Public Records Show Police Officer Involved in Accidents Prior to Fatal Crash

By Samantha Allen

samantha_allenAt about 5 p.m. on Aug. 29, 2012, a Westford police officer was racing to a domestic call on the other side of town down Oak Hill Road. Going about 50 in a 30 mph zone on the Westford, Mass. street, he had his lights flashing, but no siren sounding. At that moment, a civilian was driving his Toyota Tundra, about to cross the way. The driver’s friend, 87-year-old Tom Courtney, was in the passenger seat and lived less than a minute’s drive away.

Locals know this four-way intersection as a difficult one. There’s a crumbling cement wall to a driver’s right when exiting the local country club parking lot, and a fence to the left. Neighbors told me they often have to edge out from that side of the road to see around the barriers.

This civilian driver attempted to cross the street in that spot and said he never saw, or heard, the cruiser coming. The officer, according to his car’s black box readout, broke to 35 mph 1.2 seconds before impact. We at the Sun of Lowell obtained this and other documents through a state public records request.

He slammed into the passenger side of the Toyota, the side Courtney was sitting on. Five days later, the senior citizen died from his injuries in a Boston hospital.

Following a seven months-long investigation by the Middlesex County District Attorney’s office, neither driver was charged in the case. Because of this, the DA’s office said it would not identify the civilian driver or officer involved.

During a seven-months long investigation of my own, I made public records requests looking to learn more. The Sun’s Editor-in-Chief, Jim Campanini, along with Managing Editor Tom Zuppa, Enterprise Editor Chris Scott and myself, worked on this because we believed there must have been more to the story. We ultimately found out a lot more than we had expected and later developed our findings into a three-day investigative series for Sunshine Week this past March.

In the more than 200 pages of investigative documents we received, an email exchange between two assistant DAs read that the involved officer is “not the best driver in the department,” according to his supervisor at the police station. The supervisor reported that his officer had “seven or eight crashes” previously.

Westford officials would not identify the officer behind the wheel. But one public records request bore unexpected fruit. A receipt for the records (about $100) had the name of the involved officer, Robert Musto, a Westford native who started with the department in 2006.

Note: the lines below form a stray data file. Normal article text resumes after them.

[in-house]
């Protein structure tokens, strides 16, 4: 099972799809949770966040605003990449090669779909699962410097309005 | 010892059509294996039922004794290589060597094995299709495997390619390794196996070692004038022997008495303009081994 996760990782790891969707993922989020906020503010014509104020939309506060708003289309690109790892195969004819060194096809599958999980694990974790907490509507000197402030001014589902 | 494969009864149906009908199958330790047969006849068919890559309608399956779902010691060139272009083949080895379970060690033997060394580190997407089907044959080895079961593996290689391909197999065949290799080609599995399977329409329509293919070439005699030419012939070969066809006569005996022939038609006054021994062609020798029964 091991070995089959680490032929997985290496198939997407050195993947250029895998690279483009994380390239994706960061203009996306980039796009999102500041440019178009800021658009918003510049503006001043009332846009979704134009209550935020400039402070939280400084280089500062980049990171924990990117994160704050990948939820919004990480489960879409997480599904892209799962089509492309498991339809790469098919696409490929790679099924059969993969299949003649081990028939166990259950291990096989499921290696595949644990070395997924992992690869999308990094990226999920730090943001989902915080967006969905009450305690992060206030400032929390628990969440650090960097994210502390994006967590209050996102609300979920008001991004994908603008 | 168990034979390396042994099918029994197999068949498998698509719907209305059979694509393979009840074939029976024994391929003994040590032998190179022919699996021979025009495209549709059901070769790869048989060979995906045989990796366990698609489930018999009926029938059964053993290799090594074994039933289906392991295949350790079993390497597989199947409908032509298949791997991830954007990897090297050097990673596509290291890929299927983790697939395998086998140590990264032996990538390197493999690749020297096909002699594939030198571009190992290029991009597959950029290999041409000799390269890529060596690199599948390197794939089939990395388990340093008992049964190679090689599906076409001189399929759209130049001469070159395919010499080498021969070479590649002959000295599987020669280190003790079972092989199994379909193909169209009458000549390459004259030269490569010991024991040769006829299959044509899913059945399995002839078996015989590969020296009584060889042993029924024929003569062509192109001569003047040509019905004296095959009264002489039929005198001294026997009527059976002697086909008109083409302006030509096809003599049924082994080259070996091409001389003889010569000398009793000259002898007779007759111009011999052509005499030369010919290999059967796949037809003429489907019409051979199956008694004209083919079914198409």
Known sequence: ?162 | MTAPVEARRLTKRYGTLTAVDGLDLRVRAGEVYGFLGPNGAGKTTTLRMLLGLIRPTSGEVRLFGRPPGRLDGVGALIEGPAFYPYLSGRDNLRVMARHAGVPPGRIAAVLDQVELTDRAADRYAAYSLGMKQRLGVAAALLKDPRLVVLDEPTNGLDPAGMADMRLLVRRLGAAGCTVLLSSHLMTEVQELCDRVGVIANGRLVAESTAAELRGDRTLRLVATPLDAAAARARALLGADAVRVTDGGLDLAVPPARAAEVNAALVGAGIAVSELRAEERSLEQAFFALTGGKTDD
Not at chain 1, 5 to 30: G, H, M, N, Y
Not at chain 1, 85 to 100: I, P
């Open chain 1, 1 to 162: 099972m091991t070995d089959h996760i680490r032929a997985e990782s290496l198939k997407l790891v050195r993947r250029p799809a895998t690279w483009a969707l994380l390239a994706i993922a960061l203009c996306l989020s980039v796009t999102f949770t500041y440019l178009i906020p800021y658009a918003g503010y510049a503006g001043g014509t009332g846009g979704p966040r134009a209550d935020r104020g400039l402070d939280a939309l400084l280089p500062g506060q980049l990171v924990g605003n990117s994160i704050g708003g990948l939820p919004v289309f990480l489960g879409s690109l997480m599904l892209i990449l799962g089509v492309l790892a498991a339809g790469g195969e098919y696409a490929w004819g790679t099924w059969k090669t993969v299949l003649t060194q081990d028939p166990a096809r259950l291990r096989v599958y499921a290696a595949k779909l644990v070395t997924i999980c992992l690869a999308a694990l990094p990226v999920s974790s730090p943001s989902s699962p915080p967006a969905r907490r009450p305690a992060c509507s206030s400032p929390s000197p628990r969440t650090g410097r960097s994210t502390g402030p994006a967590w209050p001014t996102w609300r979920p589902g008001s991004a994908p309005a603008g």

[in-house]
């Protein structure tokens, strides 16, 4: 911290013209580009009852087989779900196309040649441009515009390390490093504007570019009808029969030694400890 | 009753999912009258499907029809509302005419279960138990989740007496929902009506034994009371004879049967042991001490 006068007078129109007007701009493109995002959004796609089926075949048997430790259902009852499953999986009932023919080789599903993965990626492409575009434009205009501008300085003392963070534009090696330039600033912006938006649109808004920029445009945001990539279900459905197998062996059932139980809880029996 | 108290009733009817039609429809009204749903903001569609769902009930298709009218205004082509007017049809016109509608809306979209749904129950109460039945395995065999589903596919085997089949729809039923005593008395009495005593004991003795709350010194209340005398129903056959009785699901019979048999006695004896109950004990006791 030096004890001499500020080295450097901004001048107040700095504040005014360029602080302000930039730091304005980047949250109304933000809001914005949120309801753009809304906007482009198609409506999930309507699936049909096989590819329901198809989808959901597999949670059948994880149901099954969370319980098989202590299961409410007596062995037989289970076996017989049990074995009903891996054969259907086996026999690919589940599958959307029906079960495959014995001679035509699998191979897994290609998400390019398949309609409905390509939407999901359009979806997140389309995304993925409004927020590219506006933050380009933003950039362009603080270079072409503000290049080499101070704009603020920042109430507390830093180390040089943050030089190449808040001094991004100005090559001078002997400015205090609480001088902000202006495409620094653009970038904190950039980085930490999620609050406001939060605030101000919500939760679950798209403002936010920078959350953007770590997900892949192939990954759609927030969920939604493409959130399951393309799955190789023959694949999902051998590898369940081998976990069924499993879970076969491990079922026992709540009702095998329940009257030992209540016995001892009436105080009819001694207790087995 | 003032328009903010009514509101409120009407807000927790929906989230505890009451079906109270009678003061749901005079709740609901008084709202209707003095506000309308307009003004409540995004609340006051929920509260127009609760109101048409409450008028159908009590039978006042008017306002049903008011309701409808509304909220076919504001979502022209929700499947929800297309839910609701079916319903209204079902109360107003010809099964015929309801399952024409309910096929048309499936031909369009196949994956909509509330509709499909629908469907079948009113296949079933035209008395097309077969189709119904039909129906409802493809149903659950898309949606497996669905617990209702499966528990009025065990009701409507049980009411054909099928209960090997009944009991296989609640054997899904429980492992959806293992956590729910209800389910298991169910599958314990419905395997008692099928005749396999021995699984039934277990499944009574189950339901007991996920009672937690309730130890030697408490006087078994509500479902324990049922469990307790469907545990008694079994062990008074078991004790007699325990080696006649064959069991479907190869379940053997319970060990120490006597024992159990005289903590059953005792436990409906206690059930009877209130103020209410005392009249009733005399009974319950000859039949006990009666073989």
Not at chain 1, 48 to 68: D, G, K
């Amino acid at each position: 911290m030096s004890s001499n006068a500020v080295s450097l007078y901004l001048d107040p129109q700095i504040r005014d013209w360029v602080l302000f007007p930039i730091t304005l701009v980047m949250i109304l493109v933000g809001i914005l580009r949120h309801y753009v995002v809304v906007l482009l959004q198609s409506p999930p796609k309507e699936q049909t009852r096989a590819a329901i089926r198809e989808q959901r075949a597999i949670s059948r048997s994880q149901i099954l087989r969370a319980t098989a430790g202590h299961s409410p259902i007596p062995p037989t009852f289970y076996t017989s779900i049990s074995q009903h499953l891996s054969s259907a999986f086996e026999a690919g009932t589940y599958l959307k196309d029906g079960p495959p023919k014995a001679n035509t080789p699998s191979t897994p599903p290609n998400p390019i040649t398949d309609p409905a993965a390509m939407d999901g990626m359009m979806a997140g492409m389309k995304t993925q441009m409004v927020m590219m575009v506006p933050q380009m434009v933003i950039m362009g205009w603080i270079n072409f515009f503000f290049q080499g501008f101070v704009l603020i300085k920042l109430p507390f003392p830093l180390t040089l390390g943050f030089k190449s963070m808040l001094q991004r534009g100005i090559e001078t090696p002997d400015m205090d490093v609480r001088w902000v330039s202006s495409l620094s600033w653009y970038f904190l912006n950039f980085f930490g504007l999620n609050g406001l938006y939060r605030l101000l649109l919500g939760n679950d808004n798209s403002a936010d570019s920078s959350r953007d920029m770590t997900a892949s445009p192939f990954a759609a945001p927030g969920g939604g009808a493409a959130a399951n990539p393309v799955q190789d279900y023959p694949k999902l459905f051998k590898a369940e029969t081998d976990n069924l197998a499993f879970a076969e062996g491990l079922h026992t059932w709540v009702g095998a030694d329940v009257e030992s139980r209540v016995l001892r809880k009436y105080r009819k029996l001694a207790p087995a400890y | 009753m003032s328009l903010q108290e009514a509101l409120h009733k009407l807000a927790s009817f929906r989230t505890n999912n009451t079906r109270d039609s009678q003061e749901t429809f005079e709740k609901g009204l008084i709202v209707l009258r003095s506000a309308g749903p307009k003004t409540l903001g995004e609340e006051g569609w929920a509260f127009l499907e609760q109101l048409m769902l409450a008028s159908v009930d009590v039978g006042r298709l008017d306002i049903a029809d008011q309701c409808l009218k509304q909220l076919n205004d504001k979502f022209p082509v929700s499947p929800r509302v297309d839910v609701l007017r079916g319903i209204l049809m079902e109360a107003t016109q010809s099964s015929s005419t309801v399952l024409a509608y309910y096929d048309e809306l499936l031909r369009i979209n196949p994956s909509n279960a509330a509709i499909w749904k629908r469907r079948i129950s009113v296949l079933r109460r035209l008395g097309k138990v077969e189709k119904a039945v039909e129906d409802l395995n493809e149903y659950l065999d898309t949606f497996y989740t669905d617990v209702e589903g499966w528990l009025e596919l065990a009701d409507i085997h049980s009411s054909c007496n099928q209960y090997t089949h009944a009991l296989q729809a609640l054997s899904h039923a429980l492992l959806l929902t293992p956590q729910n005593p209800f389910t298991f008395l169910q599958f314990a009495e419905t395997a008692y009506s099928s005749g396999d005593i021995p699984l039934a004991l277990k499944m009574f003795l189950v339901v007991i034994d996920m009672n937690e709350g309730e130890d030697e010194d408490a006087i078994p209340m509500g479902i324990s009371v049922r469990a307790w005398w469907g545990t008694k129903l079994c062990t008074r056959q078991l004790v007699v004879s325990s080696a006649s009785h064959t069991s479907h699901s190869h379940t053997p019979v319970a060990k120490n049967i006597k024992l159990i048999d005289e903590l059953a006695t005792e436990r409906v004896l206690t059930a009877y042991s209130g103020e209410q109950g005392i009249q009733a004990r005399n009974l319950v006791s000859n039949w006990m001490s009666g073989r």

We learned from the records that between 2006 and late 2013 Musto had seven driving-related incidents at the department. Some were minor and two were notable. Musto drove his cruiser into a rock wall in April 2012 for undisclosed reasons. Then, in another incident in January 2012, he crashed into a sawhorse due to “distracted driving.” Musto said he went to take a turn and lunged for his clipboard as it was slipping off the car’s dash. This resulted in minor damage to the cruiser.

Musto did not return multiple requests seeking comment for this story and town officials didn’t want to comment much either. The Massachusetts State Police ruled the crash was caused because of the poor layout at the intersection, though the Board of Selectmen — Westford’s road commissioners — have yet to take action to adjust the site.

Because of the nature of the officer’s emergency call, police policy gave Musto “flexibility” whether to use both his lights and sirens that day. An independent accident reconstructionist in New Hampshire I consulted with, however, said because the officer was going over the speed limit, he should have been aware of his responsibility to warn others on the road of his whereabouts. The expert said both sirens and lights are an important part of a police officer’s “warning system.” The reconstructionist did note though that he believes the civilian driver was also at fault in this case, but there was not enough evidence to charge either driver.

Records show the Registry of Motor Vehicles revoked the civilian driver’s license for about seven months during the DA’s investigation, typical in fatal crashes like these, because he was considered an “immediate threat.” In March 2013, the man had to pay $500 to have his license reinstated even though he was found not guilty.

The police department refuses to comment on any disciplinary action it may have taken against Musto in this case. The police chief said though Musto remains a “competent” and “dedicated” member with the department.

Samantha is a reporter for the Sun of Lowell newspaper and with Digital First Media. Follow her on Twitter @SAllen_89.

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